RIBA vice-president for international affairs John Wright has welcomed the approval of reforms to European Union law, which should make it easier for British architects to work in other member states of the EU. The changes amend the existing architects' directive, which was framed to encourage the mutual recognition of qualifications within the profession gained in the EU, promoting the free movement of workers, one of the union's key treaty commitments.
Their effect will be to oblige member states to take rapid decisions on requests for recognition of qualifications, and also to underline the requirement for national authorities to take account of professional experience gained in other member states when doing so. The amendments also insist that national governments promptly update lists of architects' diplomas, certificates and titles that are automatically recognised by professional bodies across the EU.Wright said: 'There's absolutely nothing wrong with these changes. I would encourage them. The architects' directive is vital in allowing the free movement of architects across Europe.'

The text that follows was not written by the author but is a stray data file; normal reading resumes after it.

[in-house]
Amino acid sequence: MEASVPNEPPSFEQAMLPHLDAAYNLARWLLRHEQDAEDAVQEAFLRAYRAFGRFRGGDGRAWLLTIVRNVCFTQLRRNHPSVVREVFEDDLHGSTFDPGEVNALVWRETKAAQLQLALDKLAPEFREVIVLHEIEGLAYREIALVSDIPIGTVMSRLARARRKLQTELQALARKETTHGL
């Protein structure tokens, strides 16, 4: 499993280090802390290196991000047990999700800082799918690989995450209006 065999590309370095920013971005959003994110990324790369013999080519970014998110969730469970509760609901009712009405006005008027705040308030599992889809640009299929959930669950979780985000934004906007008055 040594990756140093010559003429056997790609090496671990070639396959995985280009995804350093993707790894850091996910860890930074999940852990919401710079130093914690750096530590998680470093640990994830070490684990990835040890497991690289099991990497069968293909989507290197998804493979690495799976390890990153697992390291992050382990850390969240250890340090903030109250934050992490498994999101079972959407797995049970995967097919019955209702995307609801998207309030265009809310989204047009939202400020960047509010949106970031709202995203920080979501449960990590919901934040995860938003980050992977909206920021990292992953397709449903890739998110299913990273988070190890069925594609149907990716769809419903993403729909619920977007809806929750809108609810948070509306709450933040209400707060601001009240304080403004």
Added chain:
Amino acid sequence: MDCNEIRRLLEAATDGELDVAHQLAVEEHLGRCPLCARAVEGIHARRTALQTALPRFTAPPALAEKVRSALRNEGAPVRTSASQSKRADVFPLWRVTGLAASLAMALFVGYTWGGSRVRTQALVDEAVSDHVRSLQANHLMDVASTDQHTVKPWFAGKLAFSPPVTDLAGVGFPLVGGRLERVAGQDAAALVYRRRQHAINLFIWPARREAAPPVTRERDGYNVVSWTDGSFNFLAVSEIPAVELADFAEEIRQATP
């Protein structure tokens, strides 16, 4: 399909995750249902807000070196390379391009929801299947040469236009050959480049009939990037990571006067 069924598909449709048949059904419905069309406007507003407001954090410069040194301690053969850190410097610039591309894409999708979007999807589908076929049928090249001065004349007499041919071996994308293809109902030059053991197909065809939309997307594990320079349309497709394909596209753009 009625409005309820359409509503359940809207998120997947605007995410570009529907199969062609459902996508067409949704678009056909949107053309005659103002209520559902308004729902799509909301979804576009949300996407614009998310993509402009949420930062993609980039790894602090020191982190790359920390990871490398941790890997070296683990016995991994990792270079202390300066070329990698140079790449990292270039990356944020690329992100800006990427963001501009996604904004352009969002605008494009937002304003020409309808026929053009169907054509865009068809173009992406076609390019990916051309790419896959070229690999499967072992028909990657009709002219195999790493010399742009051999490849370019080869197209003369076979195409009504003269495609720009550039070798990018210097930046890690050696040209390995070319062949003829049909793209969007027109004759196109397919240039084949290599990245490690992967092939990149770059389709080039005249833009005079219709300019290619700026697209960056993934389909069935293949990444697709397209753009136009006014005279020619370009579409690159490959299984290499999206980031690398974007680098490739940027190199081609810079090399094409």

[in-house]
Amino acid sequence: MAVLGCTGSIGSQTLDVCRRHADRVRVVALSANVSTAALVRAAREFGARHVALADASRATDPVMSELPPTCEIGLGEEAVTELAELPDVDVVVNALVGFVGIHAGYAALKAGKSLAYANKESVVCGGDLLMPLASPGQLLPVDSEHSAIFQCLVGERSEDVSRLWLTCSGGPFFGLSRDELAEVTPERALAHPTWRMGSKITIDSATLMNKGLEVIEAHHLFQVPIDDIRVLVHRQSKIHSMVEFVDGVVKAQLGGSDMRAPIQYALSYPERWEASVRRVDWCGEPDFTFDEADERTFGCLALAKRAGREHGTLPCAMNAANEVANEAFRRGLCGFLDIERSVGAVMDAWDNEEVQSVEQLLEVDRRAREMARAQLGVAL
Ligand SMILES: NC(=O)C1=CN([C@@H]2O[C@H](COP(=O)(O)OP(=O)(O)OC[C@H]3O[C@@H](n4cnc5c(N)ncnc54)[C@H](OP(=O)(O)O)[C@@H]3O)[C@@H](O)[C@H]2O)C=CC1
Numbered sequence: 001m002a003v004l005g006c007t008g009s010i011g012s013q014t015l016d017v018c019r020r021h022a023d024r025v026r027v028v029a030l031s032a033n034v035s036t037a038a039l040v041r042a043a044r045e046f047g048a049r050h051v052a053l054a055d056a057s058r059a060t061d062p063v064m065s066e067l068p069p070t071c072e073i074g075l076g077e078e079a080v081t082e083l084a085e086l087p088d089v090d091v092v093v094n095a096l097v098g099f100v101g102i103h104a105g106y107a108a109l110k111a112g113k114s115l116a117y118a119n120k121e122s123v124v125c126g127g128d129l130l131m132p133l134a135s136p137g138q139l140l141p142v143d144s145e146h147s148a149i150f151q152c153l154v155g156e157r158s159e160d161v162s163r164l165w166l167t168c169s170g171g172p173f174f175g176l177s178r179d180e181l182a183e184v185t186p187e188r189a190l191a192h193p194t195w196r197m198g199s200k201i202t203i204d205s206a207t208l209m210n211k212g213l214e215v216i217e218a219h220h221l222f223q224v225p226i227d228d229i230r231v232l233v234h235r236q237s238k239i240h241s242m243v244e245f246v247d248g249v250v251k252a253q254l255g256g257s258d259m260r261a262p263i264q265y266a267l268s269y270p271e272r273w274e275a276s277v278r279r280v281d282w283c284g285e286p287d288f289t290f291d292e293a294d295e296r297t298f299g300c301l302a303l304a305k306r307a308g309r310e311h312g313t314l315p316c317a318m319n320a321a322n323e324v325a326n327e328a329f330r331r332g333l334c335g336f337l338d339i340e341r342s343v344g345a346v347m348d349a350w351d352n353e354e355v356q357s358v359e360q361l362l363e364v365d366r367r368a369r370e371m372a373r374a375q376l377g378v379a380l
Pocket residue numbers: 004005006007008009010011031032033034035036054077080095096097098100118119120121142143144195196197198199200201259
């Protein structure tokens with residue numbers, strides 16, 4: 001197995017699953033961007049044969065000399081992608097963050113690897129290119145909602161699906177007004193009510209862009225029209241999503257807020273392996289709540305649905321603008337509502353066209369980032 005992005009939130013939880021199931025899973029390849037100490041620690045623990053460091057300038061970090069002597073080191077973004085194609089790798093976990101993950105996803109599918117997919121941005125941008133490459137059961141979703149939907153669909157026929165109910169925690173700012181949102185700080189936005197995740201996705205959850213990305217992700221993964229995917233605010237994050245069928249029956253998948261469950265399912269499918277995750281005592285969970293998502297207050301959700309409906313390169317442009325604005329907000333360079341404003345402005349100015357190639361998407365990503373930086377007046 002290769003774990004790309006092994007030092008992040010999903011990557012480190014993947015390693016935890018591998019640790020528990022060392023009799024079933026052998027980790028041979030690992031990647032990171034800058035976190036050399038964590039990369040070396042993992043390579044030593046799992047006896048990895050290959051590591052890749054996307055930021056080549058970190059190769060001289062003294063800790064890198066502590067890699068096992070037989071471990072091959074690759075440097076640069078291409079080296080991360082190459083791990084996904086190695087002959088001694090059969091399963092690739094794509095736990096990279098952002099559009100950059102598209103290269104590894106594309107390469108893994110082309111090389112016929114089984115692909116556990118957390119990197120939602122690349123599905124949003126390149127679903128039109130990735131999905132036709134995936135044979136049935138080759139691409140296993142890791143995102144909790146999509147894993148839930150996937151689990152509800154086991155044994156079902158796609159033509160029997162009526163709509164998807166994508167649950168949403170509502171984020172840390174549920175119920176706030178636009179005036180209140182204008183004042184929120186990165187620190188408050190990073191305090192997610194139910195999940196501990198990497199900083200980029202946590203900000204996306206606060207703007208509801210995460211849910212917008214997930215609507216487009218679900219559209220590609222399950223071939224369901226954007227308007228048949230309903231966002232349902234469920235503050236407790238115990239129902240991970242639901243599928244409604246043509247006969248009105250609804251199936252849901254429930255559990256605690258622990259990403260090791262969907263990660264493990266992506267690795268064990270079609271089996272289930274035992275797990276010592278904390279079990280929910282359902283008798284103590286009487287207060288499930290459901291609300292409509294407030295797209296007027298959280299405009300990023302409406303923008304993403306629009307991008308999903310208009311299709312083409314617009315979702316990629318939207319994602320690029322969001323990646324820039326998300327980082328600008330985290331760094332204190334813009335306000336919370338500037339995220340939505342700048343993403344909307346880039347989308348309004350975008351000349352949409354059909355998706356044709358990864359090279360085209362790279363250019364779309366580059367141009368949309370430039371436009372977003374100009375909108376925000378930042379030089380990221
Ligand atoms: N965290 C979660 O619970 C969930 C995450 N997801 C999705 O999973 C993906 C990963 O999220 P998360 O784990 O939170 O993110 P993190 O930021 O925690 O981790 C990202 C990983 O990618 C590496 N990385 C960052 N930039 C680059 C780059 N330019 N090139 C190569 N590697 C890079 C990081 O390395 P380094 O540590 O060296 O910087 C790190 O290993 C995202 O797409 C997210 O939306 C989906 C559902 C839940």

The changes were proposed by the European Commission as part of the EU's SLIM initiative, which is supposed to lead to the simplification of European legislation. Member states are due to implement the amendments in their national laws by January 2003.